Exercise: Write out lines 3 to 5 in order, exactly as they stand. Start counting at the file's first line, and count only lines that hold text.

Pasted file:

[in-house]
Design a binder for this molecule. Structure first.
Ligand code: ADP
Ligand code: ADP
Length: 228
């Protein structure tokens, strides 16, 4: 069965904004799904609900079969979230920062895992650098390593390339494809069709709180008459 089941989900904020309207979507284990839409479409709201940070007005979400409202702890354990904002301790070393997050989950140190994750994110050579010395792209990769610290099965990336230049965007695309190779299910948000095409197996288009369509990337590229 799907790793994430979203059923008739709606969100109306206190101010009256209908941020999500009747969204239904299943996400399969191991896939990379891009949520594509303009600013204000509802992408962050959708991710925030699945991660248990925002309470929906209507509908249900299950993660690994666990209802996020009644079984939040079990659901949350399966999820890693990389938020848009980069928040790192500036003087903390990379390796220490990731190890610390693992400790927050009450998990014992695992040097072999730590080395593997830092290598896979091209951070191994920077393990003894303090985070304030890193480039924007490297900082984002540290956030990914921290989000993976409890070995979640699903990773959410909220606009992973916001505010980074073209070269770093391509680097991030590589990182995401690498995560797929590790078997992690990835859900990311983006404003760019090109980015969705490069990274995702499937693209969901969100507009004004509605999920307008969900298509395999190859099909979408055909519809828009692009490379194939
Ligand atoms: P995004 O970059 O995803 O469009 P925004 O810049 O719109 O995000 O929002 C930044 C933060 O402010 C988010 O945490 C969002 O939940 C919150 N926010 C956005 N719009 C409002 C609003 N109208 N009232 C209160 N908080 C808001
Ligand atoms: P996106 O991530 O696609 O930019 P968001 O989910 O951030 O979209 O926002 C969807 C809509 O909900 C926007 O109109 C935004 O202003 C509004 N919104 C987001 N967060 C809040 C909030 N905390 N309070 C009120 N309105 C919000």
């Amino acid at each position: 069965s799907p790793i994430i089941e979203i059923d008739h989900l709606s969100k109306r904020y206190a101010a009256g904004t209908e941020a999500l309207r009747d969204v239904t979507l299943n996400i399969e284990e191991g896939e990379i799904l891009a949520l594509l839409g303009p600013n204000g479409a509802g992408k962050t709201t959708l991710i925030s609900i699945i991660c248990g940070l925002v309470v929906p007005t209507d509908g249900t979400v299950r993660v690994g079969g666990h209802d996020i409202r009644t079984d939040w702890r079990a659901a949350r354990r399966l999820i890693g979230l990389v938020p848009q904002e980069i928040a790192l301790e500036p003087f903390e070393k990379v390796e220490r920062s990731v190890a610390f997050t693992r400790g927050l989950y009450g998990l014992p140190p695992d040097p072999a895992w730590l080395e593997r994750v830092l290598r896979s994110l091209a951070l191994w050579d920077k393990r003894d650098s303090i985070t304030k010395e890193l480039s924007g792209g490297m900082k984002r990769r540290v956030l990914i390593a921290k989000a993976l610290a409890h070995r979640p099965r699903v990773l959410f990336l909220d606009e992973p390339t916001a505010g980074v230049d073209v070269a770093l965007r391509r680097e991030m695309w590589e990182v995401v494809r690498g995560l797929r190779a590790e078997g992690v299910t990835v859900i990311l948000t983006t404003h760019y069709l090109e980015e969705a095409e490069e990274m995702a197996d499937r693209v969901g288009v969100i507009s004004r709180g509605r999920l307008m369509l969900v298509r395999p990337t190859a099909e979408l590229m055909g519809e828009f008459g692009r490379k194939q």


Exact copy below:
Ligand code: ADP
Ligand code: ADP
Length: 228